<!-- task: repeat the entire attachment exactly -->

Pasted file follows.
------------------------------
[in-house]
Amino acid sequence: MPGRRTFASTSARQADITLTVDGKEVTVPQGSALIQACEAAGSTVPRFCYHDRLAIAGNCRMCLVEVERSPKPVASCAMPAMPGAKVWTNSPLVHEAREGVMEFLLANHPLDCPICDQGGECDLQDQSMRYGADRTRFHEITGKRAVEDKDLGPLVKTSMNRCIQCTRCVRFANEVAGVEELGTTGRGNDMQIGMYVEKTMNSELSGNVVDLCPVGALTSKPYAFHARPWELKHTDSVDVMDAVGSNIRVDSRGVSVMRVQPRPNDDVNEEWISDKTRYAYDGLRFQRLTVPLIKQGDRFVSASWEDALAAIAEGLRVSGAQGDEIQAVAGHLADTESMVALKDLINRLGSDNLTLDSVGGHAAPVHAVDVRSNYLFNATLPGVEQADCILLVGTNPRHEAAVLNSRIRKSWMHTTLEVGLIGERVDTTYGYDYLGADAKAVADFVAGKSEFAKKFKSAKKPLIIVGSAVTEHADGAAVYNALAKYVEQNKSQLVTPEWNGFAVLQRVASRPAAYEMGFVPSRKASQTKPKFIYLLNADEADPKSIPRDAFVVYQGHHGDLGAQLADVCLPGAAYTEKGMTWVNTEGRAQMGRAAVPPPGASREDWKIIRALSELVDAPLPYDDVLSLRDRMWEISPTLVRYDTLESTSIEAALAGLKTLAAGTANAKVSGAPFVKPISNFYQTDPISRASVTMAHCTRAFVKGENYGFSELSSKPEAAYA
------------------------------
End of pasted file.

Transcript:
[in-house]
Amino acid sequence: MPGRRTFASTSARQADITLTVDGKEVTVPQGSALIQACEAAGSTVPRFCYHDRLAIAGNCRMCLVEVERSPKPVASCAMPAMPGAKVWTNSPLVHEAREGVMEFLLANHPLDCPICDQGGECDLQDQSMRYGADRTRFHEITGKRAVEDKDLGPLVKTSMNRCIQCTRCVRFANEVAGVEELGTTGRGNDMQIGMYVEKTMNSELSGNVVDLCPVGALTSKPYAFHARPWELKHTDSVDVMDAVGSNIRVDSRGVSVMRVQPRPNDDVNEEWISDKTRYAYDGLRFQRLTVPLIKQGDRFVSASWEDALAAIAEGLRVSGAQGDEIQAVAGHLADTESMVALKDLINRLGSDNLTLDSVGGHAAPVHAVDVRSNYLFNATLPGVEQADCILLVGTNPRHEAAVLNSRIRKSWMHTTLEVGLIGERVDTTYGYDYLGADAKAVADFVAGKSEFAKKFKSAKKPLIIVGSAVTEHADGAAVYNALAKYVEQNKSQLVTPEWNGFAVLQRVASRPAAYEMGFVPSRKASQTKPKFIYLLNADEADPKSIPRDAFVVYQGHHGDLGAQLADVCLPGAAYTEKGMTWVNTEGRAQMGRAAVPPPGASREDWKIIRALSELVDAPLPYDDVLSLRDRMWEISPTLVRYDTLESTSIEAALAGLKTLAAGTANAKVSGAPFVKPISNFYQTDPISRASVTMAHCTRAFVKGENYGFSELSSKPEAAYA